Plants intended for planting, other than seeds

3 - Is the pest already listed in a PM4 standard on the concerned host plant?
Evaluation continues

Justification (if necessary):
Decision by the HEWG to continue the evaluation of Candidatus phytoplasma in view of the problematic of vector transmission. As Candidatus phytoplasma pyri is very similar and listed in EPPO PM 4/27 Standard, the same decision is proposed for this pest.

4 - Are the listed plants for planting the main* pathway for the "pest/host/intended use" combination? (*: significant compared to others):

Plants for planting can be a very efficient pathway, when propagated from infested plants. Vector transmission is also a pathway. The vectors play a key role in the disease cycle of the pathogen by transmitting the PD phytoplasma into healthy trees in spring, and during Winter by retaining the phytoplasma throughout winter dormancy and reintroducing it into pear trees the following spring. Pear grafted on a pear rootstock or on their own roots would be more susceptible than the ones grafted on Cydia oblonga. Isolation distances and treatments are available to reduce the severity of the vector in the site of production, however this wouldn't prevent completely the entry of infected vectors in the production site. As the vector normally only flies/moves over shorter distances, keeping the surrounding areas free from PD is also an important measure of control. Experts concluded that plants for planting are a significant pathway compared to other pathways.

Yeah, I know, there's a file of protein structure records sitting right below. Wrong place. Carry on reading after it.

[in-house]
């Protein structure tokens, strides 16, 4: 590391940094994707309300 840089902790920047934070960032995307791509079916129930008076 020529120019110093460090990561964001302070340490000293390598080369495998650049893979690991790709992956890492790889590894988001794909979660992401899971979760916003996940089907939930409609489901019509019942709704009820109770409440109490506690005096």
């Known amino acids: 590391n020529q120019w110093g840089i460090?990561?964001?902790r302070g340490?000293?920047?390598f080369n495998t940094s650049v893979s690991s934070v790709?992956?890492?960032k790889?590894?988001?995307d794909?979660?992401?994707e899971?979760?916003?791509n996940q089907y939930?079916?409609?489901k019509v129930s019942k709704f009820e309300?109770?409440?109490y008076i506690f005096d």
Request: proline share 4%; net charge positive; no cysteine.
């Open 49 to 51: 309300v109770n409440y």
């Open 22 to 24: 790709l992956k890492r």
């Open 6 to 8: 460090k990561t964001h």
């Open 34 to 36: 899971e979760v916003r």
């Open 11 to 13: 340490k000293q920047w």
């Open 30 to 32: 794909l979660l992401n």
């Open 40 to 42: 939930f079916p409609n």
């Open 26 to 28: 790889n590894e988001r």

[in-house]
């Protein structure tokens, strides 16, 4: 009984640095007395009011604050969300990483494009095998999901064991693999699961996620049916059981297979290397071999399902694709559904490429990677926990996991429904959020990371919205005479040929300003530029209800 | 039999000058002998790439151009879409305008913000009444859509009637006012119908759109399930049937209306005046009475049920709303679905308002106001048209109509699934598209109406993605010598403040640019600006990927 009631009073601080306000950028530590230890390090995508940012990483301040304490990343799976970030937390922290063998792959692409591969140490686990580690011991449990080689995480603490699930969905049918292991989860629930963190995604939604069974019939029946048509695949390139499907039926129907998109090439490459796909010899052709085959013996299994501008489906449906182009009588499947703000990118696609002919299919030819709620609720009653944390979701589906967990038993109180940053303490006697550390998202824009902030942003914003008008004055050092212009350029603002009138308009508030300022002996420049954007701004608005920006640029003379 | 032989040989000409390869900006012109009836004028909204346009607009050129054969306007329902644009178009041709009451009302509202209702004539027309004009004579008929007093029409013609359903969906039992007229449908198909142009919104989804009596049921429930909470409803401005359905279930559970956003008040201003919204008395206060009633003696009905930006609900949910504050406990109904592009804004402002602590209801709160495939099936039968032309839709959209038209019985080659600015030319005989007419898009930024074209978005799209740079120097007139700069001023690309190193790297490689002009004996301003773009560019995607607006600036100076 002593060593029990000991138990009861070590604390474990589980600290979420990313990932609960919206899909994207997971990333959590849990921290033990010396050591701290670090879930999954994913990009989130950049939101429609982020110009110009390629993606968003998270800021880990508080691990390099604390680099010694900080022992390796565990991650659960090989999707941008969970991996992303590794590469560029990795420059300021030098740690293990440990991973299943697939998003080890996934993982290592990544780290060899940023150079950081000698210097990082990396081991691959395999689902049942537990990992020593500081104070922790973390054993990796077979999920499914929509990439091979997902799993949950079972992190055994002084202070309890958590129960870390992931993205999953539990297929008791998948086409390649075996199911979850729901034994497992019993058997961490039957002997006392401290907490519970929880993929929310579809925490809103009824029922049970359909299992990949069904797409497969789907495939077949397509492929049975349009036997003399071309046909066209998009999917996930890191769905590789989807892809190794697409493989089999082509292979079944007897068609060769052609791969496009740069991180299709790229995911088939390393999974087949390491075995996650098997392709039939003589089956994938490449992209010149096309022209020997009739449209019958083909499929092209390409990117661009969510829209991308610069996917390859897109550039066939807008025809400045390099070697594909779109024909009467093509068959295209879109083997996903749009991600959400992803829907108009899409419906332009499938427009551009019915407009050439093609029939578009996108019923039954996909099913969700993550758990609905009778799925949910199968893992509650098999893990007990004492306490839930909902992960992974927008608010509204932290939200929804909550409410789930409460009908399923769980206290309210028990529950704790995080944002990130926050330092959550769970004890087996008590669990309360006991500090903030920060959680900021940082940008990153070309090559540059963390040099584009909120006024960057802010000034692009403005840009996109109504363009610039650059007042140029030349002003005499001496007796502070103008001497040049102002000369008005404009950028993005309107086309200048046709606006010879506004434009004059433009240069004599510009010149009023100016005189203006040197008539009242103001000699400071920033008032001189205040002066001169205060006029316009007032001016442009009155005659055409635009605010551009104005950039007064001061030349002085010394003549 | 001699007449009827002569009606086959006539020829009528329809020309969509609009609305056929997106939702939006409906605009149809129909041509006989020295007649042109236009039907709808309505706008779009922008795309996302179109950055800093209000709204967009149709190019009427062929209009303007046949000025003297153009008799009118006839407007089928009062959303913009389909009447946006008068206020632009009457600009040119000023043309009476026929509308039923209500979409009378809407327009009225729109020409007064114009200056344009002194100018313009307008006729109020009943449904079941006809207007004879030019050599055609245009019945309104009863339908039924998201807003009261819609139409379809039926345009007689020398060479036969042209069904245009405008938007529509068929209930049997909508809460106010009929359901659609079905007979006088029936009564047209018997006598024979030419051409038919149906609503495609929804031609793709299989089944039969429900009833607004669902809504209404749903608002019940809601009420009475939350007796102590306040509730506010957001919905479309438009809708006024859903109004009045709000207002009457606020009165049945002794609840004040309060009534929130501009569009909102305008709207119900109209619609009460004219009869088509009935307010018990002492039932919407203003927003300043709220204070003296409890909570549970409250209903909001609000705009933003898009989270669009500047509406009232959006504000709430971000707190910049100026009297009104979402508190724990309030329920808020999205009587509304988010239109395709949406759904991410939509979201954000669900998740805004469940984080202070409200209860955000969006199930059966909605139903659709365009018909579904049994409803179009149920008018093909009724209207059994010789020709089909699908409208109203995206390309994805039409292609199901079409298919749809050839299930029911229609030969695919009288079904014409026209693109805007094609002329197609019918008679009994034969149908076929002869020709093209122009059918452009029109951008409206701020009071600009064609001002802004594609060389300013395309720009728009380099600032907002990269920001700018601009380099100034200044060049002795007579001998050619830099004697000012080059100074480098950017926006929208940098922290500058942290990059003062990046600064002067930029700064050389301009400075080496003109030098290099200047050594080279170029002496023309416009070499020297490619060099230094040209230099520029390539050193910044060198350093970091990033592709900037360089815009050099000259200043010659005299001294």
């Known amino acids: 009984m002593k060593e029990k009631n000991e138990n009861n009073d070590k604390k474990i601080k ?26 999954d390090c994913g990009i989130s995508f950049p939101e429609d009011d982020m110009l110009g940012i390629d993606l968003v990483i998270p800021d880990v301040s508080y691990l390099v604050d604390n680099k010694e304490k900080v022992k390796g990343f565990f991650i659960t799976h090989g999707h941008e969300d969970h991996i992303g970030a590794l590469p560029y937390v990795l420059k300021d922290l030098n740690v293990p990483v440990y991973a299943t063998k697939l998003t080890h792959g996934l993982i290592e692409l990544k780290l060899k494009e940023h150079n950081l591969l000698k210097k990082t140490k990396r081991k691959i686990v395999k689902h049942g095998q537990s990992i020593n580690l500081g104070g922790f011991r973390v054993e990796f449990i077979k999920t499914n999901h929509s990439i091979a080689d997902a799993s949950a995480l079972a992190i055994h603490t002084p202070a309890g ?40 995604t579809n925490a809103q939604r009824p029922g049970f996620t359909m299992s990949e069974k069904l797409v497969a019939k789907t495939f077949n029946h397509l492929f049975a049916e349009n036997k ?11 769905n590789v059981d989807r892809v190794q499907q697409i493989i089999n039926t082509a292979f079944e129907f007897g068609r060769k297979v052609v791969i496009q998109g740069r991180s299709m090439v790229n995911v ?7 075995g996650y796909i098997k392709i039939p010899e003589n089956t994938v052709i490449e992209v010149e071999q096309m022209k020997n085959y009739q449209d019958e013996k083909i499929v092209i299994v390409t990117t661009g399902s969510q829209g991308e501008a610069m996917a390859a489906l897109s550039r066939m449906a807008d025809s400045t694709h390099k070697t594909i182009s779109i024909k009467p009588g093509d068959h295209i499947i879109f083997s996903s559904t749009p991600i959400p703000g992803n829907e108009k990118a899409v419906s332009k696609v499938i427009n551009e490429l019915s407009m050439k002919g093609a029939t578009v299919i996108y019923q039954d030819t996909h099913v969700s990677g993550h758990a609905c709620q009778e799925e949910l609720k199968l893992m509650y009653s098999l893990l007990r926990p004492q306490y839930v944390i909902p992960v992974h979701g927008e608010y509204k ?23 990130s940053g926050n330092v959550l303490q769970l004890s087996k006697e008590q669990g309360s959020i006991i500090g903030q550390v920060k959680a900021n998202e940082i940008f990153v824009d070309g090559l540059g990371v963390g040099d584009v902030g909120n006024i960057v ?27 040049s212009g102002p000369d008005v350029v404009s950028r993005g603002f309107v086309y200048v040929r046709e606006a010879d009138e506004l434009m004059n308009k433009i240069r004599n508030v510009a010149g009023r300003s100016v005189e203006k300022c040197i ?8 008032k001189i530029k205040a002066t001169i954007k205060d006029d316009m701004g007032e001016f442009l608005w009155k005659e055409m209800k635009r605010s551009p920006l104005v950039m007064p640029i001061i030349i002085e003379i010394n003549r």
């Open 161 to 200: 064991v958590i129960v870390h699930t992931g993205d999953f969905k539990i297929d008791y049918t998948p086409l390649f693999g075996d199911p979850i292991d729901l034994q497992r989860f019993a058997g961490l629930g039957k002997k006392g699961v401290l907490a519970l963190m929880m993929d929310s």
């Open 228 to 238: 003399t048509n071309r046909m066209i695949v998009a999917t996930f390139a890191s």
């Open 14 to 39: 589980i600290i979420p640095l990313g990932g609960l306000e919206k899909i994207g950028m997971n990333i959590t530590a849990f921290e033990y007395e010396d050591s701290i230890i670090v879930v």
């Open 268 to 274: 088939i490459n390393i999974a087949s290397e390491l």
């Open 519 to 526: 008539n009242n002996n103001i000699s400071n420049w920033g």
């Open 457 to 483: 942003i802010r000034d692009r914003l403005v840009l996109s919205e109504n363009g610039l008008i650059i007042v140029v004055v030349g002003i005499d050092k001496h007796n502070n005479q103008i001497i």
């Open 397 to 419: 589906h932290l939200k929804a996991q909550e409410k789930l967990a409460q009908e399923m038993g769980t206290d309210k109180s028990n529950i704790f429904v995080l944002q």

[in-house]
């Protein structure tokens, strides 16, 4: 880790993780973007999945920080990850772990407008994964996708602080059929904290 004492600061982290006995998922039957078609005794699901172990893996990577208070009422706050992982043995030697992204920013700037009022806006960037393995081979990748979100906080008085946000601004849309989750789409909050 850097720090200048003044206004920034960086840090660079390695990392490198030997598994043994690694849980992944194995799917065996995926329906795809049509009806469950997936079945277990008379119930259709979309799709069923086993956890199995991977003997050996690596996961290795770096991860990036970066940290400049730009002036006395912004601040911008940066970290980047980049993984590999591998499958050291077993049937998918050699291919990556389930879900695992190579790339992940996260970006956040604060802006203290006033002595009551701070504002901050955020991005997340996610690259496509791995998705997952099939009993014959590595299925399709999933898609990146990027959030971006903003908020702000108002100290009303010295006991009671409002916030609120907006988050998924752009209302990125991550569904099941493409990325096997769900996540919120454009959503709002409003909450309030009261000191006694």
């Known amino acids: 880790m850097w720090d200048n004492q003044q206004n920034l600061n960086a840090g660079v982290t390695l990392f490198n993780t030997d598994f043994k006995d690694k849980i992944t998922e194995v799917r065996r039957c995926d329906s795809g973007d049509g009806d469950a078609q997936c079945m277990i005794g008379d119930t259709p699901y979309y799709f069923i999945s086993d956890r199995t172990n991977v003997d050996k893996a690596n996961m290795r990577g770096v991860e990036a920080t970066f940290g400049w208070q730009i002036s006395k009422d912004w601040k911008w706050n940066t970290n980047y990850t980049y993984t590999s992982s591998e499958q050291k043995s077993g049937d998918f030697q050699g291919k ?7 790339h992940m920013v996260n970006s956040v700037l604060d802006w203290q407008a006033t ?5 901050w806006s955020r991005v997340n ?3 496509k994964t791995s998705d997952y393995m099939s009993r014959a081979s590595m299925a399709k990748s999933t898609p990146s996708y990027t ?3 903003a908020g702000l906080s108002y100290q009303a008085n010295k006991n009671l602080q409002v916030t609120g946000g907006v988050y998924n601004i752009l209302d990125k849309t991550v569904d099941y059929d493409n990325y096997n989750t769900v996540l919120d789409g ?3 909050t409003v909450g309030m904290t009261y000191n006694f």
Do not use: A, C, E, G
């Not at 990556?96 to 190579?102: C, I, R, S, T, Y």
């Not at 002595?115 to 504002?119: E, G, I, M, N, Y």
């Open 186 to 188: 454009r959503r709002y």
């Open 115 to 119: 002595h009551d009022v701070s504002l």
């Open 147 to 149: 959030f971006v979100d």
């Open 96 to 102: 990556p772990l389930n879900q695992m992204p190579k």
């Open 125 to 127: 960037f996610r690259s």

5 - Economic impact:

Are there documented reports of any economic impact on the host?